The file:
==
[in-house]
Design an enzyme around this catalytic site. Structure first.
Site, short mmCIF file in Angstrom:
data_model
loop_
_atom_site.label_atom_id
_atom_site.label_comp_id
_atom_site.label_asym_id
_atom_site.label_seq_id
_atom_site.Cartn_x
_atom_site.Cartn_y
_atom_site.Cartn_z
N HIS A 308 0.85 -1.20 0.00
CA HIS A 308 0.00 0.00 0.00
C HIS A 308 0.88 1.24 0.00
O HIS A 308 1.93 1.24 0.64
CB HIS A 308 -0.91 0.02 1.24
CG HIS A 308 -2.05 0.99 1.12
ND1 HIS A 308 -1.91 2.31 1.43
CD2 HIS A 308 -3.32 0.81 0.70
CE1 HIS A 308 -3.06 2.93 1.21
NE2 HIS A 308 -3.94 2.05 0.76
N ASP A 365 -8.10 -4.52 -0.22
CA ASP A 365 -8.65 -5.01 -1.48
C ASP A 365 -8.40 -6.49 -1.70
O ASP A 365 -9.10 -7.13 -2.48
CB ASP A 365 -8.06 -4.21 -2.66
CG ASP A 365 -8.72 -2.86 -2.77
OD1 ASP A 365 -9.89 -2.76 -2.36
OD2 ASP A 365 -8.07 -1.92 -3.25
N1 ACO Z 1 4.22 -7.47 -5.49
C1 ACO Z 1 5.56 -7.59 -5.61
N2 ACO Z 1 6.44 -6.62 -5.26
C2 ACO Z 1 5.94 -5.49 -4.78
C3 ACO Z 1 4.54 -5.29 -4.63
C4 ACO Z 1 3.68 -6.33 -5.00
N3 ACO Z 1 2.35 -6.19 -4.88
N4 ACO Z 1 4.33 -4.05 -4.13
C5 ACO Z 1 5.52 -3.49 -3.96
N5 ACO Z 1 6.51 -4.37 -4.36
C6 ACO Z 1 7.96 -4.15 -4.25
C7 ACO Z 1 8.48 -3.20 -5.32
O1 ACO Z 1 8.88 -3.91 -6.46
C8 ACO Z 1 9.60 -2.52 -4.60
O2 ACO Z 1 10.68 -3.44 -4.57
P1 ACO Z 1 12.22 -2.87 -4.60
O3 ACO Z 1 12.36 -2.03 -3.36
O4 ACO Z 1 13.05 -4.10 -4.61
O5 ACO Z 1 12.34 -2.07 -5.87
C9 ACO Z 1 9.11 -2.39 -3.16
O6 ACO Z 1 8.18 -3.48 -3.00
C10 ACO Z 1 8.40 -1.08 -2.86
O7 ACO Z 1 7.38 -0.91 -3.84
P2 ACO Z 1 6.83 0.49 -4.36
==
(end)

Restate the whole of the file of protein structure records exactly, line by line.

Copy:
[in-house]
Design an enzyme around this catalytic site. Structure first.
Site, short mmCIF file in Angstrom:
data_model
loop_
_atom_site.label_atom_id
_atom_site.label_comp_id
_atom_site.label_asym_id
_atom_site.label_seq_id
_atom_site.Cartn_x
_atom_site.Cartn_y
_atom_site.Cartn_z
N HIS A 308 0.85 -1.20 0.00
CA HIS A 308 0.00 0.00 0.00
C HIS A 308 0.88 1.24 0.00
O HIS A 308 1.93 1.24 0.64
CB HIS A 308 -0.91 0.02 1.24
CG HIS A 308 -2.05 0.99 1.12
ND1 HIS A 308 -1.91 2.31 1.43
CD2 HIS A 308 -3.32 0.81 0.70
CE1 HIS A 308 -3.06 2.93 1.21
NE2 HIS A 308 -3.94 2.05 0.76
N ASP A 365 -8.10 -4.52 -0.22
CA ASP A 365 -8.65 -5.01 -1.48
C ASP A 365 -8.40 -6.49 -1.70
O ASP A 365 -9.10 -7.13 -2.48
CB ASP A 365 -8.06 -4.21 -2.66
CG ASP A 365 -8.72 -2.86 -2.77
OD1 ASP A 365 -9.89 -2.76 -2.36
OD2 ASP A 365 -8.07 -1.92 -3.25
N1 ACO Z 1 4.22 -7.47 -5.49
C1 ACO Z 1 5.56 -7.59 -5.61
N2 ACO Z 1 6.44 -6.62 -5.26
C2 ACO Z 1 5.94 -5.49 -4.78
C3 ACO Z 1 4.54 -5.29 -4.63
C4 ACO Z 1 3.68 -6.33 -5.00
N3 ACO Z 1 2.35 -6.19 -4.88
N4 ACO Z 1 4.33 -4.05 -4.13
C5 ACO Z 1 5.52 -3.49 -3.96
N5 ACO Z 1 6.51 -4.37 -4.36
C6 ACO Z 1 7.96 -4.15 -4.25
C7 ACO Z 1 8.48 -3.20 -5.32
O1 ACO Z 1 8.88 -3.91 -6.46
C8 ACO Z 1 9.60 -2.52 -4.60
O2 ACO Z 1 10.68 -3.44 -4.57
P1 ACO Z 1 12.22 -2.87 -4.60
O3 ACO Z 1 12.36 -2.03 -3.36
O4 ACO Z 1 13.05 -4.10 -4.61
O5 ACO Z 1 12.34 -2.07 -5.87
C9 ACO Z 1 9.11 -2.39 -3.16
O6 ACO Z 1 8.18 -3.48 -3.00
C10 ACO Z 1 8.40 -1.08 -2.86
O7 ACO Z 1 7.38 -0.91 -3.84
P2 ACO Z 1 6.83 0.49 -4.36